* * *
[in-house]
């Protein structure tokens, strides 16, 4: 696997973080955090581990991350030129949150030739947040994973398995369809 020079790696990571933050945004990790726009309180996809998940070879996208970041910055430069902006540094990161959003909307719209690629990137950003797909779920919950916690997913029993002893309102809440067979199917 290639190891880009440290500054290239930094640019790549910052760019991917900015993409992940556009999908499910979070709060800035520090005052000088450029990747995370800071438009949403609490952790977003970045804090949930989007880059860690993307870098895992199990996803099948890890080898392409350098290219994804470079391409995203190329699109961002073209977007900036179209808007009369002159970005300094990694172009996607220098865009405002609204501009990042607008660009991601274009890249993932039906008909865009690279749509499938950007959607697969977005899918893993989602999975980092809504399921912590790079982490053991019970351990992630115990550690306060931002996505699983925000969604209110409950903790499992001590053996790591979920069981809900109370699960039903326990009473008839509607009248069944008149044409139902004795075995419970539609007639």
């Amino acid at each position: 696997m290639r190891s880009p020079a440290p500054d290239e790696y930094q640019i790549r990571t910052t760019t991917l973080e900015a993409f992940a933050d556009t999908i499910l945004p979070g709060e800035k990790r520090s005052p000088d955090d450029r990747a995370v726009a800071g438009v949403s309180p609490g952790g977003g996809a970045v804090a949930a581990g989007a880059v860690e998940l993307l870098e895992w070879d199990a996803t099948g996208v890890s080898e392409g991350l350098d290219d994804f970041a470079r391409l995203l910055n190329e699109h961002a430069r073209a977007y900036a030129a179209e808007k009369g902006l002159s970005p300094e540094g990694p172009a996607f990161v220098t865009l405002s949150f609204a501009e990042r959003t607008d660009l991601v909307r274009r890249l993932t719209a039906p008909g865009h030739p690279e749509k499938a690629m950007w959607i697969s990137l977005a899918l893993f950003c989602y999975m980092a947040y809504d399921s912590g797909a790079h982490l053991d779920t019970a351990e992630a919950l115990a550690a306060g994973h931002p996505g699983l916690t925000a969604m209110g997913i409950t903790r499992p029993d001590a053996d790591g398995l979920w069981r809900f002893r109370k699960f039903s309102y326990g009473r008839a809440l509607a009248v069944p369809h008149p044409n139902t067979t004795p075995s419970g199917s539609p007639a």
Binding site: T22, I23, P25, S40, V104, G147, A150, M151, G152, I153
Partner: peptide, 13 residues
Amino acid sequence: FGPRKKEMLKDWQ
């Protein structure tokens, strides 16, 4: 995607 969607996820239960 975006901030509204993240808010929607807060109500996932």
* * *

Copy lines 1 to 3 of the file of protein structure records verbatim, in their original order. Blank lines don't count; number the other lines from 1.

[in-house]
């Protein structure tokens, strides 16, 4: 696997973080955090581990991350030129949150030739947040994973398995369809 020079790696990571933050945004990790726009309180996809998940070879996208970041910055430069902006540094990161959003909307719209690629990137950003797909779920919950916690997913029993002893309102809440067979199917 290639190891880009440290500054290239930094640019790549910052760019991917900015993409992940556009999908499910979070709060800035520090005052000088450029990747995370800071438009949403609490952790977003970045804090949930989007880059860690993307870098895992199990996803099948890890080898392409350098290219994804470079391409995203190329699109961002073209977007900036179209808007009369002159970005300094990694172009996607220098865009405002609204501009990042607008660009991601274009890249993932039906008909865009690279749509499938950007959607697969977005899918893993989602999975980092809504399921912590790079982490053991019970351990992630115990550690306060931002996505699983925000969604209110409950903790499992001590053996790591979920069981809900109370699960039903326990009473008839509607009248069944008149044409139902004795075995419970539609007639």
């Amino acid at each position: 696997m290639r190891s880009p020079a440290p500054d290239e790696y930094q640019i790549r990571t910052t760019t991917l973080e900015a993409f992940a933050d556009t999908i499910l945004p979070g709060e800035k990790r520090s005052p000088d955090d450029r990747a995370v726009a800071g438009v949403s309180p609490g952790g977003g996809a970045v804090a949930a581990g989007a880059v860690e998940l993307l870098e895992w070879d199990a996803t099948g996208v890890s080898e392409g991350l350098d290219d994804f970041a470079r391409l995203l910055n190329e699109h961002a430069r073209a977007y900036a030129a179209e808007k009369g902006l002159s970005p300094e540094g990694p172009a996607f990161v220098t865009l405002s949150f609204a501009e990042r959003t607008d660009l991601v909307r274009r890249l993932t719209a039906p008909g865009h030739p690279e749509k499938a690629m950007w959607i697969s990137l977005a899918l893993f950003c989602y999975m980092a947040y809504d399921s912590g797909a790079h982490l053991d779920t019970a351990e992630a919950l115990a550690a306060g994973h931002p996505g699983l916690t925000a969604m209110g997913i409950t903790r499992p029993d001590a053996d790591g398995l979920w069981r809900f002893r109370k699960f039903s309102y326990g009473r008839a809440l509607a009248v069944p369809h008149p044409n139902t067979t004795p075995s419970g199917s539609p007639a």